larvae, the consistency of the royal jelly was not
allowed to alter. In case of single grafting, the larvae
grafted initially were not disturbed and were left
intact. Data were recorded on acceptance of single
and double grafts, body length of the resultant queens
and the volume of queen cells. The experiment was
repeated thrice.
Number of grafts
Effect of number of grafts on the acceptance and
quality of queens was studied by dry grafting of
24(+6) h old larvae in batches of 24, 18, 12 and 6
grafts per frame on two cell bars. Each batch was
introduced into the colony. All the three colonies were
manipulated to be in balance with respect to bee
strength, brood area and pollen and honey stores and
their management was also kept identical. Experiment
was repeated thrice with the same bee colonies but
batches of grafts between the colonies were so
randomized that each colony got the chance to rear
a particular batch of larvae 0:11y once. Number of
grafts accepted and the volume of resultant queen cells
so raised was recorded.
Period for grafting
A batch of twelve grafts (24 + 6 hrs old larvae) was
introduced to a queenless colony each month April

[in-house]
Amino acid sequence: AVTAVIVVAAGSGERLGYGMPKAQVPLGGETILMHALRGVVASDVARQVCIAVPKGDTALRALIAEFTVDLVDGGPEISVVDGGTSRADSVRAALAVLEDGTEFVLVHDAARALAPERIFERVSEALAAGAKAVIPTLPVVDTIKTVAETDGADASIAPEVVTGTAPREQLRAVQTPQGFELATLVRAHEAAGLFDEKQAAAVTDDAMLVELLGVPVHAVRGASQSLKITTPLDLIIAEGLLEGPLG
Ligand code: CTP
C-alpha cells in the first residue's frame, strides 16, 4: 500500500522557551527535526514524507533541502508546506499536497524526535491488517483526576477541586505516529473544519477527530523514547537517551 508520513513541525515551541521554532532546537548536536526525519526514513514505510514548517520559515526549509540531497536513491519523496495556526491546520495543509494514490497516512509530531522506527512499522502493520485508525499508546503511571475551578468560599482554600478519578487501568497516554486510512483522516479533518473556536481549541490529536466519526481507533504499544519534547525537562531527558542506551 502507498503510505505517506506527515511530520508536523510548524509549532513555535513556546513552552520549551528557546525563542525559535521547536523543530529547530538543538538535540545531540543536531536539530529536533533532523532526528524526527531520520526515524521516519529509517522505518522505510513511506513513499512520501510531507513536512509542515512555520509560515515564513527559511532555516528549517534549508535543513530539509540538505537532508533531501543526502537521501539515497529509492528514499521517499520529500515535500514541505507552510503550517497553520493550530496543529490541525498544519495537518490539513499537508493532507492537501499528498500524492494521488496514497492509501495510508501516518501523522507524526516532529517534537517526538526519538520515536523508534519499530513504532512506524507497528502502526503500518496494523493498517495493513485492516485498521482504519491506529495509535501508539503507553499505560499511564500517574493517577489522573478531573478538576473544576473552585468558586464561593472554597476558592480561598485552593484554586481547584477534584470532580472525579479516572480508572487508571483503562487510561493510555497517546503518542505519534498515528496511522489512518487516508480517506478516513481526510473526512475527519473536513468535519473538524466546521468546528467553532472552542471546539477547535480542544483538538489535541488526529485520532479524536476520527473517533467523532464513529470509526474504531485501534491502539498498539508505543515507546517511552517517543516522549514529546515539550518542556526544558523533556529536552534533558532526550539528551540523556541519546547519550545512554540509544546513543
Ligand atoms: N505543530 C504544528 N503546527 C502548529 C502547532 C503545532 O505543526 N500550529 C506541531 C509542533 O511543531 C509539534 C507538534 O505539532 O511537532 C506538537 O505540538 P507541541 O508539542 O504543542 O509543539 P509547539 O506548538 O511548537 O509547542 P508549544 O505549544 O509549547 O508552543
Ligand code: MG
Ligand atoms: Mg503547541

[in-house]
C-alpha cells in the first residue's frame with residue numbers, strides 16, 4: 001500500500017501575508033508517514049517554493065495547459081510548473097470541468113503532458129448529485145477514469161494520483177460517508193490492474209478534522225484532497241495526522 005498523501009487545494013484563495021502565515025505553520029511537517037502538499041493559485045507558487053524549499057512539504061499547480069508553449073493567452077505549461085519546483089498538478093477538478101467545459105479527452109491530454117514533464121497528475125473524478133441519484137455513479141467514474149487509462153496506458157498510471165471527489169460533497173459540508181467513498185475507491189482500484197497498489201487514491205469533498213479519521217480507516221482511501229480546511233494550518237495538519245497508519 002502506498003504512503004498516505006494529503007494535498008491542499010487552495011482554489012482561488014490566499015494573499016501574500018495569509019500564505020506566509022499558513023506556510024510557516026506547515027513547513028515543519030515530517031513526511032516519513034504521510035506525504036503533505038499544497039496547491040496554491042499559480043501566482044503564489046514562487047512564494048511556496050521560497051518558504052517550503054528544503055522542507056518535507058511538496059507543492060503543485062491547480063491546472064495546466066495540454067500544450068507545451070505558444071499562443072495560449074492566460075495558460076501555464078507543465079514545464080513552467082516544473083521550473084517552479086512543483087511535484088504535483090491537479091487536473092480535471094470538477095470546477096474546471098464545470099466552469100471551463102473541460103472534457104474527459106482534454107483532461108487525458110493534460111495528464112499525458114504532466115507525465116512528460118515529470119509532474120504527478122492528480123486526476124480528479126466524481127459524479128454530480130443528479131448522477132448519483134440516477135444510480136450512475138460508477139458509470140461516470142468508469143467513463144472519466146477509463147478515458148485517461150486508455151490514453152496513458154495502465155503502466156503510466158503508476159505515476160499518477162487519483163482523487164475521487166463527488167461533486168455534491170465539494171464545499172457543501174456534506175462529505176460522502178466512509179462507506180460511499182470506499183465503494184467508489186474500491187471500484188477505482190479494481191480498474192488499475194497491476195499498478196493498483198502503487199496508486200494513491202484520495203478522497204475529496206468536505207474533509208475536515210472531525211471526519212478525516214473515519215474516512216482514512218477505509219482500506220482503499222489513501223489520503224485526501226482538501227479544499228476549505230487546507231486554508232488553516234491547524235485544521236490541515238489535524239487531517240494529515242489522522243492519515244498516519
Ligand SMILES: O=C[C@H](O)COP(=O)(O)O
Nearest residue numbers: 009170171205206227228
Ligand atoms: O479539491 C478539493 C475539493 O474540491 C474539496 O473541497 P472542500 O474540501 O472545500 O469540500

to October at Bhaderwah. Bee colonies of similar
strength i.e. bees on four framers, one frame of sealed
brood, half a frame of pollen and quarter of a frame
of nectar were used to rear the grafted larvae during
the periods mentioned above. No sugar syrup was
fed to any colony during the experimental period
except a single feed of 40 % sugar syrup one day
prior to grafting. Number of grafts accepted and
volume of resultant queen cells was recorded. The
recorded data were analyzed following Snedecor and
Cochran (1967).
Results and Discussion
Besides, other factors the success of a colony depends
heavily on the qualities of a queen viz temper, in-
dustry, longevity and disease resistance etc. It, there-
fore, becomes imperative to select and rear the stock
with such qualities. The experimental data obtained
during the course ofpresent investigations is discussed